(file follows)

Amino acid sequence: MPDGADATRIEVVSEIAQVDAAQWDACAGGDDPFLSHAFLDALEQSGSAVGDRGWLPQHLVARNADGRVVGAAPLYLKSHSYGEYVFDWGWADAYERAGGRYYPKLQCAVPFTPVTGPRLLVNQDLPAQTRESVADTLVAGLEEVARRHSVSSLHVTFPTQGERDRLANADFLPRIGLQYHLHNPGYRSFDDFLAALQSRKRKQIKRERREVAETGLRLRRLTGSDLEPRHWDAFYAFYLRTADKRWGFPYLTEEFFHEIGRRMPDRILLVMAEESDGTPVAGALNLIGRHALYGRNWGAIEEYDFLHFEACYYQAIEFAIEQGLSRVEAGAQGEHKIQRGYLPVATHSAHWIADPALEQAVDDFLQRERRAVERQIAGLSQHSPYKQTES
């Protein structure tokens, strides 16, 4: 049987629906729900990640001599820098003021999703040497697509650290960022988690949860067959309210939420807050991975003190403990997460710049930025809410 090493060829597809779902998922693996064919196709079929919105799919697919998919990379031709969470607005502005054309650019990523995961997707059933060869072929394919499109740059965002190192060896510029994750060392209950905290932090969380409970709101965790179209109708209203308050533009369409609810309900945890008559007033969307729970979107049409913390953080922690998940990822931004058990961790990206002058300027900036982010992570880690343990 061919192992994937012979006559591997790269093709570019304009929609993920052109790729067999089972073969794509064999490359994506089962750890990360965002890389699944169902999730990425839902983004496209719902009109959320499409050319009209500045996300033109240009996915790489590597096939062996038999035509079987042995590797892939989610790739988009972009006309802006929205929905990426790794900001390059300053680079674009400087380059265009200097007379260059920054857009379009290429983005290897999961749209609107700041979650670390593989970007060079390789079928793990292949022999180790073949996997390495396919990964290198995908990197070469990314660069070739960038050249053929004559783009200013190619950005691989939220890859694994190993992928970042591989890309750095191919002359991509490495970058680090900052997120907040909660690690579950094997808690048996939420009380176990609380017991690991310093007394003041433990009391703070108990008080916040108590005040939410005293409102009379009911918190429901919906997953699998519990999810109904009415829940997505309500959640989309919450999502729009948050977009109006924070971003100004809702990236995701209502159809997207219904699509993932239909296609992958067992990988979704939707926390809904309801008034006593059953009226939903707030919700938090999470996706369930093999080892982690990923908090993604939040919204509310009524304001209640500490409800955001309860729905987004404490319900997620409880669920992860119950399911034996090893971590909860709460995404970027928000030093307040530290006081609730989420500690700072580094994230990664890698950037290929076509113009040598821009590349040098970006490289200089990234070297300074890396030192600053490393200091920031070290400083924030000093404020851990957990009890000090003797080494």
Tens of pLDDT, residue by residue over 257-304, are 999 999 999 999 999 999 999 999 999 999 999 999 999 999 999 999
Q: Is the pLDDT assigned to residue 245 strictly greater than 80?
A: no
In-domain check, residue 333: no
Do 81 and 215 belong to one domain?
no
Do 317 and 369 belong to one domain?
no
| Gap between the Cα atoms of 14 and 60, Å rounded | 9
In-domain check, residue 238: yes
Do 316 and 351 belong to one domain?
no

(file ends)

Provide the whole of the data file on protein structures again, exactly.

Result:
Amino acid sequence: MPDGADATRIEVVSEIAQVDAAQWDACAGGDDPFLSHAFLDALEQSGSAVGDRGWLPQHLVARNADGRVVGAAPLYLKSHSYGEYVFDWGWADAYERAGGRYYPKLQCAVPFTPVTGPRLLVNQDLPAQTRESVADTLVAGLEEVARRHSVSSLHVTFPTQGERDRLANADFLPRIGLQYHLHNPGYRSFDDFLAALQSRKRKQIKRERREVAETGLRLRRLTGSDLEPRHWDAFYAFYLRTADKRWGFPYLTEEFFHEIGRRMPDRILLVMAEESDGTPVAGALNLIGRHALYGRNWGAIEEYDFLHFEACYYQAIEFAIEQGLSRVEAGAQGEHKIQRGYLPVATHSAHWIADPALEQAVDDFLQRERRAVERQIAGLSQHSPYKQTES
């Protein structure tokens, strides 16, 4: 049987629906729900990640001599820098003021999703040497697509650290960022988690949860067959309210939420807050991975003190403990997460710049930025809410 090493060829597809779902998922693996064919196709079929919105799919697919998919990379031709969470607005502005054309650019990523995961997707059933060869072929394919499109740059965002190192060896510029994750060392209950905290932090969380409970709101965790179209109708209203308050533009369409609810309900945890008559007033969307729970979107049409913390953080922690998940990822931004058990961790990206002058300027900036982010992570880690343990 061919192992994937012979006559591997790269093709570019304009929609993920052109790729067999089972073969794509064999490359994506089962750890990360965002890389699944169902999730990425839902983004496209719902009109959320499409050319009209500045996300033109240009996915790489590597096939062996038999035509079987042995590797892939989610790739988009972009006309802006929205929905990426790794900001390059300053680079674009400087380059265009200097007379260059920054857009379009290429983005290897999961749209609107700041979650670390593989970007060079390789079928793990292949022999180790073949996997390495396919990964290198995908990197070469990314660069070739960038050249053929004559783009200013190619950005691989939220890859694994190993992928970042591989890309750095191919002359991509490495970058680090900052997120907040909660690690579950094997808690048996939420009380176990609380017991690991310093007394003041433990009391703070108990008080916040108590005040939410005293409102009379009911918190429901919906997953699998519990999810109904009415829940997505309500959640989309919450999502729009948050977009109006924070971003100004809702990236995701209502159809997207219904699509993932239909296609992958067992990988979704939707926390809904309801008034006593059953009226939903707030919700938090999470996706369930093999080892982690990923908090993604939040919204509310009524304001209640500490409800955001309860729905987004404490319900997620409880669920992860119950399911034996090893971590909860709460995404970027928000030093307040530290006081609730989420500690700072580094994230990664890698950037290929076509113009040598821009590349040098970006490289200089990234070297300074890396030192600053490393200091920031070290400083924030000093404020851990957990009890000090003797080494």
Tens of pLDDT, residue by residue over 257-304, are 999 999 999 999 999 999 999 999 999 999 999 999 999 999 999 999
Q: Is the pLDDT assigned to residue 245 strictly greater than 80?
A: no
In-domain check, residue 333: no
Do 81 and 215 belong to one domain?
no
Do 317 and 369 belong to one domain?
no
| Gap between the Cα atoms of 14 and 60, Å rounded | 9
In-domain check, residue 238: yes
Do 316 and 351 belong to one domain?
no